What is tumour profile information used for?
A molecular profile reveals unique characteristics of a person’s disease at the molecular level, providing doctors with knowledge about which treatments are most likely to produce the best results, including treatments that may not have been previously considered. Molecular profiling may also help patients avoid treatments that are ineffective, unnecessary, and potentially harmful.1
How is tumour profiling associated with cancer treatment?
Precision medicine in oncology relies on the unique molecular profile of a patient’s tumour for optimal treatment selection. The terms “personalised medicine” and “precision medicine” are often used interchangeably to describe the ability to tailor treatments to an individual patient based on the unique characteristics of his or her disease. In contrast, standard treatment is based largely on the location where the tumour originated, such as the breast or lungs, and may not always produce optimal results.1
In recent years, increasing numbers of oncologists have adopted precision medicine as a treatment approach for various cancers that have historically been characterised and treated based on body location. This approach has been aided by the development of molecular profiling that can help doctors personalise treatment plans for individual patients.1
Examples of therapies informed by molecular profiling
Biomarkers that trigger cells to grow and multiply abnormally
An example of this type of biomarker is the HER2 protein, which helps to control cell growth. If HER2 is “overexpressed” in cancer cells, the cells are considered “HER2-positive,” meaning they produce more of the protein than is normal. This condition can possibly cause the cells to grow more quickly and increase their chances of metastasising (spreading) to other parts of the body. It also means that treatments known to disrupt the HER2 signalling pathway are likely to help stop the cancer’s growth.2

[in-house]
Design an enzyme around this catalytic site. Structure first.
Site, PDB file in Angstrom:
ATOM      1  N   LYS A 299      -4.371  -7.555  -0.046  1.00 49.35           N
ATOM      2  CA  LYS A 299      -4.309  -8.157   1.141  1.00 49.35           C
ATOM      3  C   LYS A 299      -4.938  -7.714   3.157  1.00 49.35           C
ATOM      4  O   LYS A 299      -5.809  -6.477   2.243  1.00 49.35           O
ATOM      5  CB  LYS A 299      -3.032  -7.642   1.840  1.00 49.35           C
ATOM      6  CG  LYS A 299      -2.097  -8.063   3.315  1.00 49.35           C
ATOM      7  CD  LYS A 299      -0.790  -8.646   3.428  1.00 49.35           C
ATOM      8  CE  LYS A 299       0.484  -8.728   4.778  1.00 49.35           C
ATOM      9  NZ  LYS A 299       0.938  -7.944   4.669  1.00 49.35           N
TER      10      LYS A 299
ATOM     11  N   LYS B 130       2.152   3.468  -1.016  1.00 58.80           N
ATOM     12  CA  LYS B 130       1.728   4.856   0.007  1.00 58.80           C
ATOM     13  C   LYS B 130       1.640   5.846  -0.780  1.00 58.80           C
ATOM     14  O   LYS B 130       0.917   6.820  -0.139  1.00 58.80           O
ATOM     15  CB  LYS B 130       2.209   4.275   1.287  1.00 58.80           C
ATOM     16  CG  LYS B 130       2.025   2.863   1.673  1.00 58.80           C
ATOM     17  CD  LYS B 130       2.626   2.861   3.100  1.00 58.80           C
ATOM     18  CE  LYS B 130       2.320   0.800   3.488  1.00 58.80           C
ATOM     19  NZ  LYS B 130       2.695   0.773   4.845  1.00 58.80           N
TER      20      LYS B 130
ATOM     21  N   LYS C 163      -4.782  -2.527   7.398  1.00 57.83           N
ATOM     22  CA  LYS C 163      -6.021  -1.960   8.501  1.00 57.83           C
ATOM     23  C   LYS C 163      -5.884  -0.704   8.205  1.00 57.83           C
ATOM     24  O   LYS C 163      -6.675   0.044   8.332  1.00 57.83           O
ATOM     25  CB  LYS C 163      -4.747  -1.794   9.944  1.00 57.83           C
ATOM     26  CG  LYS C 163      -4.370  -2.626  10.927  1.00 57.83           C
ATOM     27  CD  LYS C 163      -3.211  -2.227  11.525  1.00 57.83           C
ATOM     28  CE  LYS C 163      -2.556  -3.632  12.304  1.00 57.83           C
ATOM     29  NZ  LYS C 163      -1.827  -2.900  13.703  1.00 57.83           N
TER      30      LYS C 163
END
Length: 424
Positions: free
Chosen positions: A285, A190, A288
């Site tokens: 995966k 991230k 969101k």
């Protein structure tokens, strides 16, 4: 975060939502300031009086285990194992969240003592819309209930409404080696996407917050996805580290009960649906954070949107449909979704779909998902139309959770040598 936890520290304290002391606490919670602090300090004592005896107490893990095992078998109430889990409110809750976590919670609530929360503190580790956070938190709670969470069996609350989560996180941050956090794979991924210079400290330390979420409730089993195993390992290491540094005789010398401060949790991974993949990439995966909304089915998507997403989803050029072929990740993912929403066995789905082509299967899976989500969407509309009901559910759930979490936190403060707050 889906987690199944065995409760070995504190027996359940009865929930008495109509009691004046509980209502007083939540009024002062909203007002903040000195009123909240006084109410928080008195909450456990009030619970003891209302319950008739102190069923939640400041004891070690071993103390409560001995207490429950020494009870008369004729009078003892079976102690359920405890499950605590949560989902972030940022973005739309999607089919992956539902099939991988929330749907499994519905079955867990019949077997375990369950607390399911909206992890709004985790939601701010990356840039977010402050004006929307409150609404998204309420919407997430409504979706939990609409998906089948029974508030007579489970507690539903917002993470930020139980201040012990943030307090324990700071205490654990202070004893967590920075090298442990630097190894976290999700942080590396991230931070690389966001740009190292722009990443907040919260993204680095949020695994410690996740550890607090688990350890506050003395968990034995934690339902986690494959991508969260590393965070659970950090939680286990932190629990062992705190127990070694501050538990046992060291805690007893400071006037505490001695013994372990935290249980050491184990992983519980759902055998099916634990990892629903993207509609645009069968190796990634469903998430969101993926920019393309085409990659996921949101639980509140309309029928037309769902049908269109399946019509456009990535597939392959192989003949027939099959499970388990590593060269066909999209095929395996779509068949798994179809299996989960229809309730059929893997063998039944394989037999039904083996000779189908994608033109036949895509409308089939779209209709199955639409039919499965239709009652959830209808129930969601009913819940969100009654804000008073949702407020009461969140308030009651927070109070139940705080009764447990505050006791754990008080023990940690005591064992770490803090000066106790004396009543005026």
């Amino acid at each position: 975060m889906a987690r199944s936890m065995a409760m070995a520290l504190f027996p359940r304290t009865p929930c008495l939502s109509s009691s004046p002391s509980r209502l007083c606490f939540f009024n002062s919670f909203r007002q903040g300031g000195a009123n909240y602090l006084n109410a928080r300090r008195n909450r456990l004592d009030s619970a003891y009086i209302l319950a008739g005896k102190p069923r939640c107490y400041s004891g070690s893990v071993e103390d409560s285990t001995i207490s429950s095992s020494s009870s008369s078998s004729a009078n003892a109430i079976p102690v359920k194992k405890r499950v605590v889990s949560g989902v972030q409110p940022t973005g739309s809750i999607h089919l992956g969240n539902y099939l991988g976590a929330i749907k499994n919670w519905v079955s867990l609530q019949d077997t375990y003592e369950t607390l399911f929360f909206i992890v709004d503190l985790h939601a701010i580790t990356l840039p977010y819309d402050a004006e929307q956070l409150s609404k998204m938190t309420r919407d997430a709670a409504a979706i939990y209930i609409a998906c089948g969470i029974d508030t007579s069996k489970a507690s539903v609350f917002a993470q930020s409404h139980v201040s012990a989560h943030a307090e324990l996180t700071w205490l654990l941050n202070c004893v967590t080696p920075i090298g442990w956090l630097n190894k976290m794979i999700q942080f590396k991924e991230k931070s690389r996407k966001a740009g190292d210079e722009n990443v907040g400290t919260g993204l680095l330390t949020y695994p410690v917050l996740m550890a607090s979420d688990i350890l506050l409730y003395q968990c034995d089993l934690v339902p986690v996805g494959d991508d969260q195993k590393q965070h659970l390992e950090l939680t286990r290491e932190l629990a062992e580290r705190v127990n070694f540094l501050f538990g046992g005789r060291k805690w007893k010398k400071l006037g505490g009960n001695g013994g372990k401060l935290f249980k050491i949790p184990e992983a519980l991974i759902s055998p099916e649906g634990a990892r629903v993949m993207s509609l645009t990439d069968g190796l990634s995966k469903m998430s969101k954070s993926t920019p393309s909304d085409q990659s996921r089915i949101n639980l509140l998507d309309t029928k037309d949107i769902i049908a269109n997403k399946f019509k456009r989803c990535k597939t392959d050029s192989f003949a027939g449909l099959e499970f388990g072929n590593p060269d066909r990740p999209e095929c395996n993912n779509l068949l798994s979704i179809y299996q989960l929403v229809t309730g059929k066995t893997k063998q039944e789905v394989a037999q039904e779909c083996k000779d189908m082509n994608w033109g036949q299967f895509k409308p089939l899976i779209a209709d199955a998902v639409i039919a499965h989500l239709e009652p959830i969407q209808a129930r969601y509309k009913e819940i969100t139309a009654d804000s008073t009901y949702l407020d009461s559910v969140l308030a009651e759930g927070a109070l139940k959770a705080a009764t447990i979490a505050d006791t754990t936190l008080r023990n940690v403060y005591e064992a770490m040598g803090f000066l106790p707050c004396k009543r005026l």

Biomarkers that support a treatment’s cellular or molecular action
This type of biomarker is exemplified by a gene called SPARC, which stands for Secreted Protein, Acidic, Cysteine-Rich. SPARC helps bring albumin — a type of protein found in blood, egg whites, milk, and other substances — into cells. Some chemotherapeutic drugs are bound (“packaged”) with albumin to prevent them from being dissolved in the bloodstream before they reach their target cells. Therefore, an overexpression of SPARC helps treatments bound with albumin work more effectively by bringing the treatment right into the cell.2
Biomarkers that disrupt a treatment’s cellular or molecular action
Some chemotherapeutic drugs are made with platinum to disrupt tumour DNA. However, there is a protein called ERCC1 that repairs tumour DNA. If biomarker testing detects high levels of ERCC1 in a patient’s tumour, platinum-based agents aren’t likely to be very effective for that patient.
Even within the above biomarker categories, there is variety. For example, molecules that trigger abnormal cell growth can come from a gene mutation or from extra copies of an otherwise healthy gene within the tumour’s DNA.2